Microsoft Releases Office, SharePoint 2010 for Businesses
Microsoft's Office 2010 and SharePoint 2010 became available worldwide to businesses on Wednesday. In a statement accompanying the release, which included Visio 2010 and Project 2010, business division President Stephen Elop said the products will "define the future of productivity."
The Redmond, Wash.-based software giant said it expects 90 million businesses to deploy the newest version of its suite of products, which includes the company's crown jewels of Word, Excel and PowerPoint. It emphasized a return on investment through "significant productivity gains," and from the ability to use the tools from mobile devices as well as PCs.
Study: ROI of 300 Percent
In its announcement, the company spotlighted a study by Forrester Consulting that it commissioned. Using a model that focused on costs, benefits to an entire organization, flexibility and risk, Forrester put the return on investment for the 2010 releases of Office and SharePoint, as well as for Exchange and Office Communications Server 2007 R2, at about 300 percent, with a payback period of 7.4 months after initial deployment.
The general availability of Office and SharePoint follow large beta programs, which involved three times the number of participants as the Office 2007 beta program. Because of the size of the beta release, nearly nine million users already have Office 2010, and Microsoft said more than 1,000 partners are creating Office- and SharePoint-based solutions.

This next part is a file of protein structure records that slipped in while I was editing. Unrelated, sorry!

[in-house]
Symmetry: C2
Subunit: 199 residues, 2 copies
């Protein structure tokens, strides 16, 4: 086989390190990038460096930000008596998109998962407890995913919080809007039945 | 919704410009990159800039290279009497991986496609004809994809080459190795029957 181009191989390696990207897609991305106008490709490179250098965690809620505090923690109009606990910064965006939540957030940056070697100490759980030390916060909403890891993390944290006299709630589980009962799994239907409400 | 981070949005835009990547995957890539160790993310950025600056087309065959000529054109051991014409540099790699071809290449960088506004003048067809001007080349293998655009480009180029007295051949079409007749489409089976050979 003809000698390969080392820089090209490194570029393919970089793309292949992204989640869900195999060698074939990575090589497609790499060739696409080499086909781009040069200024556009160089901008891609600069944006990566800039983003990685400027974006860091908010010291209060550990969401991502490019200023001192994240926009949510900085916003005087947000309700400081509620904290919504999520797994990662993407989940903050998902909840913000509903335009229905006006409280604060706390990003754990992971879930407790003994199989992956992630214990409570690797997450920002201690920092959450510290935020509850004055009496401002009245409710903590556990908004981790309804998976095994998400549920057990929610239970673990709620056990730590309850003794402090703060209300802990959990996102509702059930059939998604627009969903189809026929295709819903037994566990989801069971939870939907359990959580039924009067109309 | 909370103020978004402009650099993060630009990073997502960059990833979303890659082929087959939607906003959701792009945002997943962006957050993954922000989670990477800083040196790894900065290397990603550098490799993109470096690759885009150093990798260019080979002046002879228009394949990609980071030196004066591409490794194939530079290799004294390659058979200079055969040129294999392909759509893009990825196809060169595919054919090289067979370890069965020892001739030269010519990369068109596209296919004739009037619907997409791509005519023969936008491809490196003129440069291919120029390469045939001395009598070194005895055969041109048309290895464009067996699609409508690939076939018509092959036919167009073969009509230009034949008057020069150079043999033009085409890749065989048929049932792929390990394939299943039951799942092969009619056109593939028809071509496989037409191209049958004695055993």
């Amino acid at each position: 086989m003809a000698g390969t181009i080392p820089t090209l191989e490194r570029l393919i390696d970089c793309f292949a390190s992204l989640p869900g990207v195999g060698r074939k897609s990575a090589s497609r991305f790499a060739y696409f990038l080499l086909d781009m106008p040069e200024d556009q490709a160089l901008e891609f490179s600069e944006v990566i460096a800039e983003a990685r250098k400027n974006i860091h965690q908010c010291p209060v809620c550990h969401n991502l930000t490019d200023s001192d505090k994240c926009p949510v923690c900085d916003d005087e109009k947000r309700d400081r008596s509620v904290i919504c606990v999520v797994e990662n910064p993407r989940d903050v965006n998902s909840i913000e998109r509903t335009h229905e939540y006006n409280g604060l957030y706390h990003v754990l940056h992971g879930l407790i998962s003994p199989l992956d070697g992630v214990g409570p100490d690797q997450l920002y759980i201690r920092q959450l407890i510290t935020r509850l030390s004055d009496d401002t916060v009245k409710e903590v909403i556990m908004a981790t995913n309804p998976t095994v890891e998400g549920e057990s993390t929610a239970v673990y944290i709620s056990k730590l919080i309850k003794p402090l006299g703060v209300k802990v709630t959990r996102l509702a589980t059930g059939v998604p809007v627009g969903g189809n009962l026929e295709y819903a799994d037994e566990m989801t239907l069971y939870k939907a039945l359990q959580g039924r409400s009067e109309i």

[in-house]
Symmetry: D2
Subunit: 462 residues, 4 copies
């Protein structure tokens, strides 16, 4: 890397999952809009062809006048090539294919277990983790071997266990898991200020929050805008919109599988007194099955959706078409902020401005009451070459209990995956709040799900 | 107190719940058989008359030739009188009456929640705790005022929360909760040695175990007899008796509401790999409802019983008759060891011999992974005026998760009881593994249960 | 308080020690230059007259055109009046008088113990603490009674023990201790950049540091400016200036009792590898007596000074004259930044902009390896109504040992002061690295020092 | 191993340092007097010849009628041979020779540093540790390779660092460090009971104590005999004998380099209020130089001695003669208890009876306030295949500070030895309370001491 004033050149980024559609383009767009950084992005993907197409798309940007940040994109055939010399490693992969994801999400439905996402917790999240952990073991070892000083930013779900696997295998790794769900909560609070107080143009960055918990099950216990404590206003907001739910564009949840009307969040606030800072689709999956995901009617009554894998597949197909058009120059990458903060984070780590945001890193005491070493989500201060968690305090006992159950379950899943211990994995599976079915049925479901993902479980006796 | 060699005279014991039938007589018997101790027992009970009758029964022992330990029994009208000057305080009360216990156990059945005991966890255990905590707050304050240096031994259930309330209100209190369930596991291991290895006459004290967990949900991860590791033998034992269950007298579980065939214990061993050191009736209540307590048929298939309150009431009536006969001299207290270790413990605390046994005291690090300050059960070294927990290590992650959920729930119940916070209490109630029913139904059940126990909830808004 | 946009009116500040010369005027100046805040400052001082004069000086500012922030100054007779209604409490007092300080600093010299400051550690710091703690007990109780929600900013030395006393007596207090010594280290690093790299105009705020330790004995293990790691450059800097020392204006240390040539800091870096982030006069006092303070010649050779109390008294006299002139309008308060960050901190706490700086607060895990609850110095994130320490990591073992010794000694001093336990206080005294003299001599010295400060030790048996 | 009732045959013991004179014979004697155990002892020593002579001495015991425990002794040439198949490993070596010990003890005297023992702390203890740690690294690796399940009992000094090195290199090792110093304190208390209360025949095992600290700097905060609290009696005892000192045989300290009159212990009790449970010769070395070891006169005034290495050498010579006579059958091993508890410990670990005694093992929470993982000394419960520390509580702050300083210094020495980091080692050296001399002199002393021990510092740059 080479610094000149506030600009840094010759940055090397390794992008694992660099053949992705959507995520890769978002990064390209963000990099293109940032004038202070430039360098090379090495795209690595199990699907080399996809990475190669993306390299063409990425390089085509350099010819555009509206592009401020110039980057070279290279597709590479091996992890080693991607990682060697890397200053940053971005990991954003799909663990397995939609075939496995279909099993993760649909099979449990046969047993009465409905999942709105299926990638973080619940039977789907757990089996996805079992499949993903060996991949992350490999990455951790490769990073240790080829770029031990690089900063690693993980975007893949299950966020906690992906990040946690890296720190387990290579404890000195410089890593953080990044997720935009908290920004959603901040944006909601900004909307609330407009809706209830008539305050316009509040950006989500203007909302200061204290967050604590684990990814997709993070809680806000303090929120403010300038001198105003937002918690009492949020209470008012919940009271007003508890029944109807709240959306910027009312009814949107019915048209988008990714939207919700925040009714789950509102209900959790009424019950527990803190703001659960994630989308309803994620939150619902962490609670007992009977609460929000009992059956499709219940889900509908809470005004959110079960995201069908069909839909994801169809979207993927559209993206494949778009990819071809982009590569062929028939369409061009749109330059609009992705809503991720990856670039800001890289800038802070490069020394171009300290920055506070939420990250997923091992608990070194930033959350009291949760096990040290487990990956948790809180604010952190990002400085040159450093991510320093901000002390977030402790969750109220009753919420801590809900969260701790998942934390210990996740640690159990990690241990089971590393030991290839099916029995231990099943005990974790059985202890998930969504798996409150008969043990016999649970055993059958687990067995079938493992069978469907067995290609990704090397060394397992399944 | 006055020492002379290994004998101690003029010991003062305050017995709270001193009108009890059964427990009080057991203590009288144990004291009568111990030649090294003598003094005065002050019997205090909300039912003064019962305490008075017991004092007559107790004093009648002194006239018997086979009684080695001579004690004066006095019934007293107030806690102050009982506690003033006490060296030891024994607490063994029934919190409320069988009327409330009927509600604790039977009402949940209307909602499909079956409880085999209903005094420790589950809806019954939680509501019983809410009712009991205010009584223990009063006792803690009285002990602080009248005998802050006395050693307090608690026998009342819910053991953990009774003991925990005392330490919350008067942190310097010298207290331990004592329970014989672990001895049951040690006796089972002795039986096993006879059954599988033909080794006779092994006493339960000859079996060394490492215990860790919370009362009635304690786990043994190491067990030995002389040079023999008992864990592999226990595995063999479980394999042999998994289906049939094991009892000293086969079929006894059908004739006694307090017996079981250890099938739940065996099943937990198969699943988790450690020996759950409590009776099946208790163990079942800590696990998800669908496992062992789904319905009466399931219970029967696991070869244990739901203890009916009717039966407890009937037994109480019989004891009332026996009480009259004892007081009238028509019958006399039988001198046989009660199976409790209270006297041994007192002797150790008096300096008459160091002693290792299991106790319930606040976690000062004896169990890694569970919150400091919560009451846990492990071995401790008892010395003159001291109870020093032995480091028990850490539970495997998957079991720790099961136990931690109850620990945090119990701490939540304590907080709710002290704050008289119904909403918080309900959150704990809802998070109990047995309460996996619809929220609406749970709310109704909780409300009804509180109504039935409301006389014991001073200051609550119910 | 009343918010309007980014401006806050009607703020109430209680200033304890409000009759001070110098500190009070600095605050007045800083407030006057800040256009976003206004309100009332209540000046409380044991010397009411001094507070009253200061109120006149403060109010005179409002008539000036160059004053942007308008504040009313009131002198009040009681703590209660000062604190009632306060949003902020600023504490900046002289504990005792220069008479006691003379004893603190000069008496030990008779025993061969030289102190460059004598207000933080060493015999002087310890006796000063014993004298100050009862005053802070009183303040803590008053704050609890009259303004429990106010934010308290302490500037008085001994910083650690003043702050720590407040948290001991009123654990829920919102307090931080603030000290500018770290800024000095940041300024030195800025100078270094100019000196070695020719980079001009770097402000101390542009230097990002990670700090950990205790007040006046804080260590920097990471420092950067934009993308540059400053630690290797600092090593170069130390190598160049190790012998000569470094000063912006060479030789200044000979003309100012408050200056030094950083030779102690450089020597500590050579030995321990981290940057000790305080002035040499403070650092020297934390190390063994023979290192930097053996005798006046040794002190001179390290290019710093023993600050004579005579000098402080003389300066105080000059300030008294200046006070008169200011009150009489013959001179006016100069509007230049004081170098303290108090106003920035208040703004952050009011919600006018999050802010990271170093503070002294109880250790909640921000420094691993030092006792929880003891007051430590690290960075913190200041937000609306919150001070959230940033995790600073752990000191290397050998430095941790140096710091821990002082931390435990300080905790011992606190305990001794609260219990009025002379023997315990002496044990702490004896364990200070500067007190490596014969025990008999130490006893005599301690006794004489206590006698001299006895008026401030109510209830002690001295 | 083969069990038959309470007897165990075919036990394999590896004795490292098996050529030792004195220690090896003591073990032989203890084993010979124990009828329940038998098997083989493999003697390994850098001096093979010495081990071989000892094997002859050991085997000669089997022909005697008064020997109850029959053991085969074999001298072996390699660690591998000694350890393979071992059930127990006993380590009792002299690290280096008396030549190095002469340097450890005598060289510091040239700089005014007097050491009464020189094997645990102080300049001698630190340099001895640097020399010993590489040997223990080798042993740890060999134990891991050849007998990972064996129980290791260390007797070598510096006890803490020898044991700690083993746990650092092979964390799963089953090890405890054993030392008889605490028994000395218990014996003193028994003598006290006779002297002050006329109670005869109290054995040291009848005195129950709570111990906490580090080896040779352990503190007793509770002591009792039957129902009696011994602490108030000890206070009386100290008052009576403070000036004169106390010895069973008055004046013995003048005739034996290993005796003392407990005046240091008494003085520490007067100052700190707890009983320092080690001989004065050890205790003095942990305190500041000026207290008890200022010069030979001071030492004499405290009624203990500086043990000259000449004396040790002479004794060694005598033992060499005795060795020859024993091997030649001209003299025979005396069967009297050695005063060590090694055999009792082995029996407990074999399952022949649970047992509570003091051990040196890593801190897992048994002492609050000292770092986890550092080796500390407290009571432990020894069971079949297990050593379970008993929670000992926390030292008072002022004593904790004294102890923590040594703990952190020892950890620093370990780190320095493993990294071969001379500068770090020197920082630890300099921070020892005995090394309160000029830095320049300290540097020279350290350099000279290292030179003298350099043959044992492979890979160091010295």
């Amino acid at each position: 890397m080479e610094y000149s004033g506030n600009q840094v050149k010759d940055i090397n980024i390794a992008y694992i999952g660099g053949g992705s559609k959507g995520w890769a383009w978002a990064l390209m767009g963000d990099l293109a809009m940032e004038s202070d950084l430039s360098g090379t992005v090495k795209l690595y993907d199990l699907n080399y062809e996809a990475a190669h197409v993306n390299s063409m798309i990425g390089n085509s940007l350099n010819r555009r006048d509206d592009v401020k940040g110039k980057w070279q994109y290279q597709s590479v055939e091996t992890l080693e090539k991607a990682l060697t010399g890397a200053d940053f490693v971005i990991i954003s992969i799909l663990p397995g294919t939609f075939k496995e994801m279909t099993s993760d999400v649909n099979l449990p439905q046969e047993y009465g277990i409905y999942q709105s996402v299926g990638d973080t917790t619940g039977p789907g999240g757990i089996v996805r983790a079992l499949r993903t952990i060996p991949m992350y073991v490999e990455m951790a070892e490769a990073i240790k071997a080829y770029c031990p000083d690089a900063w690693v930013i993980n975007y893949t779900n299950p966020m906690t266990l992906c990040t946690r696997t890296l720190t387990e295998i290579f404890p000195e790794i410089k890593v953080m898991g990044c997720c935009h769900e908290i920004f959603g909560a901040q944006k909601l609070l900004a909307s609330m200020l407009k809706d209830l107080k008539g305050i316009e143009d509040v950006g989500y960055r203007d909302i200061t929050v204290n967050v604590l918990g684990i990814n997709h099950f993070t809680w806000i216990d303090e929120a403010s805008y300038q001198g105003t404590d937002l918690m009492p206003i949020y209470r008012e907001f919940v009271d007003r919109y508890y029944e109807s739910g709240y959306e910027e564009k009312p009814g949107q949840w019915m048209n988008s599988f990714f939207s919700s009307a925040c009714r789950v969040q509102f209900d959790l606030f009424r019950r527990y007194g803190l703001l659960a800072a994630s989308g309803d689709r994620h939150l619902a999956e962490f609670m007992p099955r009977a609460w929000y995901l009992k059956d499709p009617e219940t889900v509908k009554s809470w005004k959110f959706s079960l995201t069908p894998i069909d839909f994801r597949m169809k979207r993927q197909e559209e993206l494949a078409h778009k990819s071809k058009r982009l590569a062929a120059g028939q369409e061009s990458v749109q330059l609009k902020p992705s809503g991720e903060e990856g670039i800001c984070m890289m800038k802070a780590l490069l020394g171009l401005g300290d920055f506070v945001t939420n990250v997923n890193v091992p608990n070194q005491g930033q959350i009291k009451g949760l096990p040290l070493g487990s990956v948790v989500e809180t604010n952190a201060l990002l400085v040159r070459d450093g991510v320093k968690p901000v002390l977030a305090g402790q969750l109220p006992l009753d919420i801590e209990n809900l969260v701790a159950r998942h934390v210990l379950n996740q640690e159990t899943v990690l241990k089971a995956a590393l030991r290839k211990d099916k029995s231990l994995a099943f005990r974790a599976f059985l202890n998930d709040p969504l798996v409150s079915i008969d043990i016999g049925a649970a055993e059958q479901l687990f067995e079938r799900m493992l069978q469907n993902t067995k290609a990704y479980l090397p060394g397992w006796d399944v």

New features include revised e-mail management and calendaring functions in Outlook, including Outlook Social Connector, which integrates communications history and social-network feeds into the popular e-mail client.
In Excel, Sparklines can be used to visualize trend data, and PowerPoint has the ability to broadcast to any user with a browser. Throughout Office, users can get quick access to decision-related data as part of business intelligence capabilities.
Office Mobile 2010, for Windows Mobile 6.5 phones, allows "lightweight editing" and is available free at the Windows Marketplace for Mobile.
Office Web Apps
Perhaps the most-anticipated new components in the Office suite are the online "companions" to Word, PowerPoint, Excel and OneNote. Called Office Web Apps, they allow users to gain access to documents from any browser. The documents retain a consistent look and feel, and multiple users can work on the same document simultaneously.
Web Apps is available to all volume-licensing customers, or a subscription can be purchased as part of Microsoft Online Services. The apps will be free to consumers when that version is released next month.
The Web Apps component is seen as a direct response to Google's free, cloud-based Docs. Earlier this week, Google made a preemptive strike before Office 2010's formal release. Google Enterprise President Dave Girouard told news media that users should keep the version of Office they currently have, but add Google Docs, not Office 2010. He said this wasn't a pitch as much as it was a report as to how his customers are utilizing both application suites.